Updated on 09/15/2011 2:16PM

Distaff: Remember his name


ELMONT, N.Y. - He's known a bit here at Belmont Park, a little better in Miami, but to the rest of the country, Javier Castellano may be the least-known jockey aboard a major contender in the Breeders' Cup World Thoroughbred Championships .

In a race featuring Hall of Famers Jerry Bailey, Pat Day, Eddie Delahoussaye, Chris McCarron, and Gary Stevens, and local standouts Jorge Chavez, Edgar Prado, and John Velazquez, Castellano will be aboard Exogenous, whose Grade 1 victories in the Gazelle Handicap and Beldame Stakes in her last two starts make her a serious threat to win the $2 million Breeders' Cup Distaff.

Exogenous is Castellano's lone Breeders' Cup mount of the day. It is the first of his career. Although he was a leading rider in Florida for two years before relocating to New York earlier this year, Castellano is a virtual unknown nationally. Most racing fans probably know his name only because he was involved in an inquiry, which was decided in his favor, with Exogenous in the Beldame. Yet Castellano has secured the confidence of trainer Scotty Schulhofer, who believes the 23-year-old jockey is a rising star.

"He'll be along with Prado and Velazquez," Schulhofer said Thursday morning at his Belmont Park barn. "He'll be a top rider here in a year or two."

Castellano picked up the mount on Exogenous before the Alabama Stakes at Saratoga. Schulhofer thought Prado would ride the filly, but when race favorite Flute needed a rider, Prado jumped to her. "I wanted Edgar. I got spun," Schulhofer said. Exogenous finished second to Flute in the Alabama, then beat her in the Beldame.

Schulhofer said he first was urged to use Castellano by Vernon Heath, whose Centaur Farms bred and owns Exogenous. "Mr. Heath races in Florida, and thought Javier was about the best rider there," Schulhofer said.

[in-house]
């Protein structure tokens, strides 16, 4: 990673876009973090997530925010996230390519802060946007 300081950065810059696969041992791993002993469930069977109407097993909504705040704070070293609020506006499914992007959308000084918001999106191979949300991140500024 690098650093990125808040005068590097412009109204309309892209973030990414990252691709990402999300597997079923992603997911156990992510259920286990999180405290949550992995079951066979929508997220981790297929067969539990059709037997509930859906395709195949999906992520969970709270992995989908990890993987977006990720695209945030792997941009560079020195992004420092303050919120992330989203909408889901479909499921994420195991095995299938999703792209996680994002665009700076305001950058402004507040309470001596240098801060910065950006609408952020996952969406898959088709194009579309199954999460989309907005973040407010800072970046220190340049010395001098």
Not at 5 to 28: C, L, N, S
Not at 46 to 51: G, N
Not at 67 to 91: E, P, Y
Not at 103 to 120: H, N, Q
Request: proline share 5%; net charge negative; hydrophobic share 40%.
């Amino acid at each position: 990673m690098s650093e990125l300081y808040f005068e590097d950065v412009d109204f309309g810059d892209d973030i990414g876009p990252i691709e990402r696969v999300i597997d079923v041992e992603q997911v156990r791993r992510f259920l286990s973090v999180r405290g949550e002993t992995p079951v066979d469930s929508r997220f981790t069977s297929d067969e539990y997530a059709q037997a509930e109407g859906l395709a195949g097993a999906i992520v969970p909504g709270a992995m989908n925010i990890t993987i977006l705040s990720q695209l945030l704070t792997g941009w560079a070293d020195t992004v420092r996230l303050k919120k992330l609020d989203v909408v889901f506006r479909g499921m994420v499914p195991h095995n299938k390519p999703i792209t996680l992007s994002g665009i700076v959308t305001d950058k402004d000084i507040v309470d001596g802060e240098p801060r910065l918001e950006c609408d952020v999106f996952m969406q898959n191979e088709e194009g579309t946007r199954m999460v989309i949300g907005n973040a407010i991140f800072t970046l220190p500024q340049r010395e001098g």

Castellano comes from a racing family. His father, Abel, was a jockey, as was an uncle. His younger brother, Abel Jr., 18, now rides in Florida, where Castellano's mother and sister now live. His father, who retired in 1997, just a few months after Castellano started riding there, was murdered last year in Venezuela during an attempted carjacking. After Castellano wins a race, he gestures toward the sky, in tribute to his father, when he enters the winner's circle.

Castellano had never been to the United States before arriving in Miami in June 1997 from his native Maracaibo, Venezuela. He did not know any English. Among the few people he knew here was Omar Vizquel, the shortstop for the Cleveland Indians, a friend from Venezuela.

"Trainers would give me instructions. I would say, 'Okay, okay, okay,' but I didn't know what they were saying," Castellano said Thursday morning. "If I had ridden the horse before, I would remember from the paper. If I would win, everybody would be happy. But if I lost, they'd say, 'What happened?' I didn't know what to say."

His English, and his riding skills, improved while in Florida. Castellano was the leading rider at the Tropical-at-Calder meetings in 1999 and 2000, and was second to Eibar Coa at the main Calder meetings in both 1999 and 2000. He won six races on one card on Dec. 31, 2000, at Calder. Castellano is naturally light - he carries just 109 pounds on his five-foot frame - and he has an agreeable, bright countenance. "He's a good little rider," Schulhofer said. "He got a little overanxious in the Beldame, but he learned a lesson."

Castellano was lured to New York in January by jockey agent Steve Adika, whose greatest success came with Mike Smith during the 1990's. Smith won eight Breeders' Cup races while Adika was his agent. Adika said he spent two years trying to recruit Castellano to move to New York.

"My first year in New York, I have been very lucky," Castellano said. "Sometimes this business is not easy. I like it up here. It is a good experience. I'm very happy, very excited, to be riding in my first Breeders' Cup."

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